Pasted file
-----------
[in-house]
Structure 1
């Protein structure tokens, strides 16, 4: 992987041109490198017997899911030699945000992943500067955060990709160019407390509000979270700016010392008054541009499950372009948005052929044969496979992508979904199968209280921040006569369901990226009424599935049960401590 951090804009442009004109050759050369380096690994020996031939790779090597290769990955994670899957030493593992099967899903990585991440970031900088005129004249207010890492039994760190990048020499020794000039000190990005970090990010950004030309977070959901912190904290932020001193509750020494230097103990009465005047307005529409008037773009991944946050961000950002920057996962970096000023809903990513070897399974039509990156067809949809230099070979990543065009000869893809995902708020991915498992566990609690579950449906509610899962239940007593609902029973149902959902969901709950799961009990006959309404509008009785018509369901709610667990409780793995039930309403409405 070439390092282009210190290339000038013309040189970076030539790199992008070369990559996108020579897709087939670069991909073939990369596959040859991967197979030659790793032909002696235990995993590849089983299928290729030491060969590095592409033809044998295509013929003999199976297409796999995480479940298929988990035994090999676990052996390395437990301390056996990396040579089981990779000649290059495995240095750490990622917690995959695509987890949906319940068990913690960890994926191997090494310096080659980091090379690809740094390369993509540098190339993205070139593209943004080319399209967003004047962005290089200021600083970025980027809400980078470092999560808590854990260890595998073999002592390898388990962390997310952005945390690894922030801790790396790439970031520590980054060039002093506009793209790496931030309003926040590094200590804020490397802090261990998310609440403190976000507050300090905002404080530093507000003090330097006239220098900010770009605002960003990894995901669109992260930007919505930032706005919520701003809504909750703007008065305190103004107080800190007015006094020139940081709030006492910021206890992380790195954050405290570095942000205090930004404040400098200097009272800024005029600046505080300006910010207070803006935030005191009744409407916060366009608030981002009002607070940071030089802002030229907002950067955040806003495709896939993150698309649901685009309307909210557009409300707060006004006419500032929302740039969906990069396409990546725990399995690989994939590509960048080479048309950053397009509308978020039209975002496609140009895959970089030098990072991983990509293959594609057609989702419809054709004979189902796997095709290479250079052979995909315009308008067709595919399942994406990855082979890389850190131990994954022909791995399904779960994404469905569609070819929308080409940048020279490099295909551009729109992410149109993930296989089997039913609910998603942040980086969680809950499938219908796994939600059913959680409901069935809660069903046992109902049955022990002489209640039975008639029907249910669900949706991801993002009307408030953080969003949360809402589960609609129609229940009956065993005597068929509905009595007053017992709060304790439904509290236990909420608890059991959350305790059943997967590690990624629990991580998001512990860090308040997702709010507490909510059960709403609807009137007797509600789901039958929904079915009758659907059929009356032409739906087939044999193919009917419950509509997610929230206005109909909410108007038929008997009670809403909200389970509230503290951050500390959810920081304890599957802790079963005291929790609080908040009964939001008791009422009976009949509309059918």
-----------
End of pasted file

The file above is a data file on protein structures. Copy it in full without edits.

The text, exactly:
[in-house]
Structure 1
């Protein structure tokens, strides 16, 4: 992987041109490198017997899911030699945000992943500067955060990709160019407390509000979270700016010392008054541009499950372009948005052929044969496979992508979904199968209280921040006569369901990226009424599935049960401590 951090804009442009004109050759050369380096690994020996031939790779090597290769990955994670899957030493593992099967899903990585991440970031900088005129004249207010890492039994760190990048020499020794000039000190990005970090990010950004030309977070959901912190904290932020001193509750020494230097103990009465005047307005529409008037773009991944946050961000950002920057996962970096000023809903990513070897399974039509990156067809949809230099070979990543065009000869893809995902708020991915498992566990609690579950449906509610899962239940007593609902029973149902959902969901709950799961009990006959309404509008009785018509369901709610667990409780793995039930309403409405 070439390092282009210190290339000038013309040189970076030539790199992008070369990559996108020579897709087939670069991909073939990369596959040859991967197979030659790793032909002696235990995993590849089983299928290729030491060969590095592409033809044998295509013929003999199976297409796999995480479940298929988990035994090999676990052996390395437990301390056996990396040579089981990779000649290059495995240095750490990622917690995959695509987890949906319940068990913690960890994926191997090494310096080659980091090379690809740094390369993509540098190339993205070139593209943004080319399209967003004047962005290089200021600083970025980027809400980078470092999560808590854990260890595998073999002592390898388990962390997310952005945390690894922030801790790396790439970031520590980054060039002093506009793209790496931030309003926040590094200590804020490397802090261990998310609440403190976000507050300090905002404080530093507000003090330097006239220098900010770009605002960003990894995901669109992260930007919505930032706005919520701003809504909750703007008065305190103004107080800190007015006094020139940081709030006492910021206890992380790195954050405290570095942000205090930004404040400098200097009272800024005029600046505080300006910010207070803006935030005191009744409407916060366009608030981002009002607070940071030089802002030229907002950067955040806003495709896939993150698309649901685009309307909210557009409300707060006004006419500032929302740039969906990069396409990546725990399995690989994939590509960048080479048309950053397009509308978020039209975002496609140009895959970089030098990072991983990509293959594609057609989702419809054709004979189902796997095709290479250079052979995909315009308008067709595919399942994406990855082979890389850190131990994954022909791995399904779960994404469905569609070819929308080409940048020279490099295909551009729109992410149109993930296989089997039913609910998603942040980086969680809950499938219908796994939600059913959680409901069935809660069903046992109902049955022990002489209640039975008639029907249910669900949706991801993002009307408030953080969003949360809402589960609609129609229940009956065993005597068929509905009595007053017992709060304790439904509290236990909420608890059991959350305790059943997967590690990624629990991580998001512990860090308040997702709010507490909510059960709403609807009137007797509600789901039958929904079915009758659907059929009356032409739906087939044999193919009917419950509509997610929230206005109909909410108007038929008997009670809403909200389970509230503290951050500390959810920081304890599957802790079963005291929790609080908040009964939001008791009422009976009949509309059918």